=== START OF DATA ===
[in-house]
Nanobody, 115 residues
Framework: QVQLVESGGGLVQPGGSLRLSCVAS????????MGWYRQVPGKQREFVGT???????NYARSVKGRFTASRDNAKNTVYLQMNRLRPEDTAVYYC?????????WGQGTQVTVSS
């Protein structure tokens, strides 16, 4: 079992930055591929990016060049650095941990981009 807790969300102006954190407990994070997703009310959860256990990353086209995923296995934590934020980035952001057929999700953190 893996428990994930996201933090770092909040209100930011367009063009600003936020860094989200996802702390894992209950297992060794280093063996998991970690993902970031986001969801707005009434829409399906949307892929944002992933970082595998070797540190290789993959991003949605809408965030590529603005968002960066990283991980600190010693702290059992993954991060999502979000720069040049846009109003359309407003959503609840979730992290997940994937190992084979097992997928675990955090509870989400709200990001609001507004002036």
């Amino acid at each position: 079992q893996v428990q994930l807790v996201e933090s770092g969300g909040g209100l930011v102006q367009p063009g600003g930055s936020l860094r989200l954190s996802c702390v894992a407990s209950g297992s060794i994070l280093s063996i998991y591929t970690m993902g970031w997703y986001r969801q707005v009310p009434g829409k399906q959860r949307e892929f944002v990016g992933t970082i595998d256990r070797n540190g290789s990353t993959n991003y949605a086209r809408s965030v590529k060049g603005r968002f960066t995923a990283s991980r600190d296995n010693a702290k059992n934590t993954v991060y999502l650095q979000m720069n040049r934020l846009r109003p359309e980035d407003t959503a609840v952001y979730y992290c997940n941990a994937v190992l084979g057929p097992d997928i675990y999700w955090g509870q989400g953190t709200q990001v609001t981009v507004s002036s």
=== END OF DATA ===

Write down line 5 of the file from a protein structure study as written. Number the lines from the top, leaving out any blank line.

């Amino acid at each position: 079992q893996v428990q994930l807790v996201e933090s770092g969300g909040g209100l930011v102006q367009p063009g600003g930055s936020l860094r989200l954190s996802c702390v894992a407990s209950g297992s060794i994070l280093s063996i998991y591929t970690m993902g970031w997703y986001r969801q707005v009310p009434g829409k399906q959860r949307e892929f944002v990016g992933t970082i595998d256990r070797n540190g290789s990353t993959n991003y949605a086209r809408s965030v590529k060049g603005r968002f960066t995923a990283s991980r600190d296995n010693a702290k059992n934590t993954v991060y999502l650095q979000m720069n040049r934020l846009r109003p359309e980035d407003t959503a609840v952001y979730y992290c997940n941990a994937v190992l084979g057929p097992d997928i675990y999700w955090g509870q989400g953190t709200q990001v609001t981009v507004s002036s």